Experimental study of the diffusion-controlled acid degradation of Class H Portland cement

Edward N. Matteo, George W. Scherer

Research output: Contribution to journalArticle

34 Scopus citations

Abstract

The rate of acid corrosion of Class H Portland cement was measured using time-lapse video over a range of temperature (T=30-80°C) and pH (0-3.7), both for hydrochloric acid and carbonic acid. The process was found to be diffusion-controlled, and the dependence of the slope, S, of corrosion depth vs square root of time was obtained as a function of T and pH. The slope decreases by about a factor of 3, if the leachate is allowed to accumulate on the corroded surface; however, a flow rate as low as 4cm/h is sufficient to flush the surface and establish an equilibrium rate. With or without accumulation of leachate, the cumulative cation mass loss is proportional to the depth of leaching, indicating that the phases extracted are very similar in both cases. The corrosion rate between 30 and 80°C is characterized by an activation energy of 39.6kJ/mol and a power-law dependence on acid concentration, S~[H +] 0.35. The resulting equation describes the present results, and agrees within a factor of 2 with rates reported in the literature by other workers. On the basis of this equation, estimates are provided of the leakage rates from a reservoir that is sealed with a sound plug of cement (where escape of the acid would take millions of years) or where an annular gap extends through the caprock. In the latter case, corrosion in small annuli (≤10μm diameter) is predicted to be concentrated near the bottom (i.e., near the reservoir-caprock boundary), so that penetration of acid into the overlying formation will take centuries.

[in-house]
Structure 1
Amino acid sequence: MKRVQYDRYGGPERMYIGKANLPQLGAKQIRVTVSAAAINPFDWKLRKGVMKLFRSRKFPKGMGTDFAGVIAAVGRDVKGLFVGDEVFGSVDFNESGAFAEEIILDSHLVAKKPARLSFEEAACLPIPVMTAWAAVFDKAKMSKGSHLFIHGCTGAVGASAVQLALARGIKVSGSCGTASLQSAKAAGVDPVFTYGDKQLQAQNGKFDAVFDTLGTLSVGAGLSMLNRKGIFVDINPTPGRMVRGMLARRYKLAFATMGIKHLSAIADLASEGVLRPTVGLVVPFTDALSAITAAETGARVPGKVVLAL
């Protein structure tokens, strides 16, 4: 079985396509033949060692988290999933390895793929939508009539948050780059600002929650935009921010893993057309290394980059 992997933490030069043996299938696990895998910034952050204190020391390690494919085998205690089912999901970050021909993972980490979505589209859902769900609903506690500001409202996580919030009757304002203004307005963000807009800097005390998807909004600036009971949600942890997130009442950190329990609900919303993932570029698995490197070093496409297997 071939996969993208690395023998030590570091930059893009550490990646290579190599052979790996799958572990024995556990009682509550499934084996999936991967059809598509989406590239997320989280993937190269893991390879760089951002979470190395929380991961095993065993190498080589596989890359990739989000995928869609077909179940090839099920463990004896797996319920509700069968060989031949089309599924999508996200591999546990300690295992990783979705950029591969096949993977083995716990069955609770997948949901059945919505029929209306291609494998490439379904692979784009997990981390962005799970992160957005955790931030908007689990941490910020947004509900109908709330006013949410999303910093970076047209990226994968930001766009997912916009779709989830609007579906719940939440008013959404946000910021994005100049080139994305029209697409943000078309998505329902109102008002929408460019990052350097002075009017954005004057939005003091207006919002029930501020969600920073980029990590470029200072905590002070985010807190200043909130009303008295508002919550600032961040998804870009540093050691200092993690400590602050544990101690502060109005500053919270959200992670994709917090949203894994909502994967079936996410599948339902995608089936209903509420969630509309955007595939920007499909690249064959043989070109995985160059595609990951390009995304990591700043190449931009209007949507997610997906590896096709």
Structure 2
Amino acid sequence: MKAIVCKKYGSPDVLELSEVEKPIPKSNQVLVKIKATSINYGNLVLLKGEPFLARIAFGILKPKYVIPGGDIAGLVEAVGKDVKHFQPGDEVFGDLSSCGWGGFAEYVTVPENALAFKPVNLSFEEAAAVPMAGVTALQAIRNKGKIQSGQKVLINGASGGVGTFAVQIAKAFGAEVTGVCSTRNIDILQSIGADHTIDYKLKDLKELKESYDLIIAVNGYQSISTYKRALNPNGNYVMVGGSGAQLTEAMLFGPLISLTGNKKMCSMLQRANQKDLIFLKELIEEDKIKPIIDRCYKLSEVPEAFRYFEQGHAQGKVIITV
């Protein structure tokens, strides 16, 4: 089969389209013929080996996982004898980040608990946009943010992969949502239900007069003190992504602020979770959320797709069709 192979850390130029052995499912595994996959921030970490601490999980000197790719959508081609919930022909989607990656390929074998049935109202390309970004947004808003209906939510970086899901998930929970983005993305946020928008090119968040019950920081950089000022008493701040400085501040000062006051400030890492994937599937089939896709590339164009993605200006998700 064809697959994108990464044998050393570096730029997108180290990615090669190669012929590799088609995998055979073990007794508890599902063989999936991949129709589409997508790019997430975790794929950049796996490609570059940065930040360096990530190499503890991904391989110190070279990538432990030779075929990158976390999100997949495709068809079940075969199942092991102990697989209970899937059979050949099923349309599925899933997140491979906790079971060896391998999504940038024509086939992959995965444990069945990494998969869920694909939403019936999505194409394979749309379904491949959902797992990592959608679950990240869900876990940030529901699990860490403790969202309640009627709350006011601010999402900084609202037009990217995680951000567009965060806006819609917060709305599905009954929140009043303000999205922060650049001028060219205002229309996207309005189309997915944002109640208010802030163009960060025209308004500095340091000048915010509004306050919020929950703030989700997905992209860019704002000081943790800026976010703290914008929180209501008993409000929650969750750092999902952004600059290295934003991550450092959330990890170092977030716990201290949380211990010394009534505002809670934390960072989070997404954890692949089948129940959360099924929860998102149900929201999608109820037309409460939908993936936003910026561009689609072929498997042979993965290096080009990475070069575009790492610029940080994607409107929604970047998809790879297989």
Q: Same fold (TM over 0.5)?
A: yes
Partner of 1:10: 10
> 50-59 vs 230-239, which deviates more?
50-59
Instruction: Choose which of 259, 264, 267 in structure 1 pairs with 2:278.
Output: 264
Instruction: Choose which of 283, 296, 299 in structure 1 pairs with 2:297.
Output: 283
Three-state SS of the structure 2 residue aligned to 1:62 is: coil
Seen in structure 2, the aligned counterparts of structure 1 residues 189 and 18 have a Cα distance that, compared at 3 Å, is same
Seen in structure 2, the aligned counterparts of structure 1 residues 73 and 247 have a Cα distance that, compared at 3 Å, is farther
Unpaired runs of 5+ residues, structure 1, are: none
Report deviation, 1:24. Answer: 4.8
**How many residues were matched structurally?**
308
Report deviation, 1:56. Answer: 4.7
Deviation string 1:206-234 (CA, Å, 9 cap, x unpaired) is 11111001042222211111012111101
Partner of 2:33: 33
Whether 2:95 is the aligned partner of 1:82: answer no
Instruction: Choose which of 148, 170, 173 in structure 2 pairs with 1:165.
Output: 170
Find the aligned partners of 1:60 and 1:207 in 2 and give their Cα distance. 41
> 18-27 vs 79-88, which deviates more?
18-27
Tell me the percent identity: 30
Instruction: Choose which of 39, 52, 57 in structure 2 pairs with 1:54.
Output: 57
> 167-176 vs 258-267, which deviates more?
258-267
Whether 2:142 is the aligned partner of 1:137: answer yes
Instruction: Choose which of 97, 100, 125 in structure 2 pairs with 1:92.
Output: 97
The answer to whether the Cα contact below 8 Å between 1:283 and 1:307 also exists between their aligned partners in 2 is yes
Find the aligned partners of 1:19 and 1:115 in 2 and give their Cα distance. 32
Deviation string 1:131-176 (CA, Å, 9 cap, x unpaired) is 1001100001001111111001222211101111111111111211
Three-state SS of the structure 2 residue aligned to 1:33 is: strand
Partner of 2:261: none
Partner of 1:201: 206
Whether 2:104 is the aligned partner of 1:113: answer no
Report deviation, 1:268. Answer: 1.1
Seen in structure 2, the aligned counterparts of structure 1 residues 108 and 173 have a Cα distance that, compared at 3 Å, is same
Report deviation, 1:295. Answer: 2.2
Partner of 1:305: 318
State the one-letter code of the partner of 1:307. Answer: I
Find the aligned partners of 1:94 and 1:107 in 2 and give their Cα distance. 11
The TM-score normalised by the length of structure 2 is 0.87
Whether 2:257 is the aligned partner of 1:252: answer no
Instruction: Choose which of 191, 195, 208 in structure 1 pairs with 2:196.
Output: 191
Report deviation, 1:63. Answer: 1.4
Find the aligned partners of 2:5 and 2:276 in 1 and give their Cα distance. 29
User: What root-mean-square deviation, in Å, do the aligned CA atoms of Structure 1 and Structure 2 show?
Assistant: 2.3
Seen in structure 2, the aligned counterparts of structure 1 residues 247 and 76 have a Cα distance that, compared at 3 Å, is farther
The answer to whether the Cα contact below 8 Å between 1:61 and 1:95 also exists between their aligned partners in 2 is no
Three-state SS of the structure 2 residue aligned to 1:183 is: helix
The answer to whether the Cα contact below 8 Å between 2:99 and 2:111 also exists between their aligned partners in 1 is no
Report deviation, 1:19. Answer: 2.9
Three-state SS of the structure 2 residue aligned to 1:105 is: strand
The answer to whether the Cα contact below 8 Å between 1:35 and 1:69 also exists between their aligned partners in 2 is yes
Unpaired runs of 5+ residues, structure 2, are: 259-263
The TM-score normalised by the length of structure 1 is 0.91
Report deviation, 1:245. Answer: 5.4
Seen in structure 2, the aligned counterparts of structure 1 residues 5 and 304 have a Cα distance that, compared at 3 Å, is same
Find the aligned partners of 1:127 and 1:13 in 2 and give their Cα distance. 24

Original languageEnglish (US)
Pages (from-to)181-191
Number of pages11
JournalInternational Journal of Greenhouse Gas Control
Volume7
DOIs
StatePublished - Mar 1 2012

All Science Journal Classification (ASJC) codes

  • Pollution
  • Energy(all)
  • Industrial and Manufacturing Engineering
  • Management, Monitoring, Policy and Law

Keywords

  • Acid leaching of Portland cement
  • Activation energy of cement
  • Carbonic acid
  • Class H cement
  • Geologic CO storage
  • Wellbore integrity

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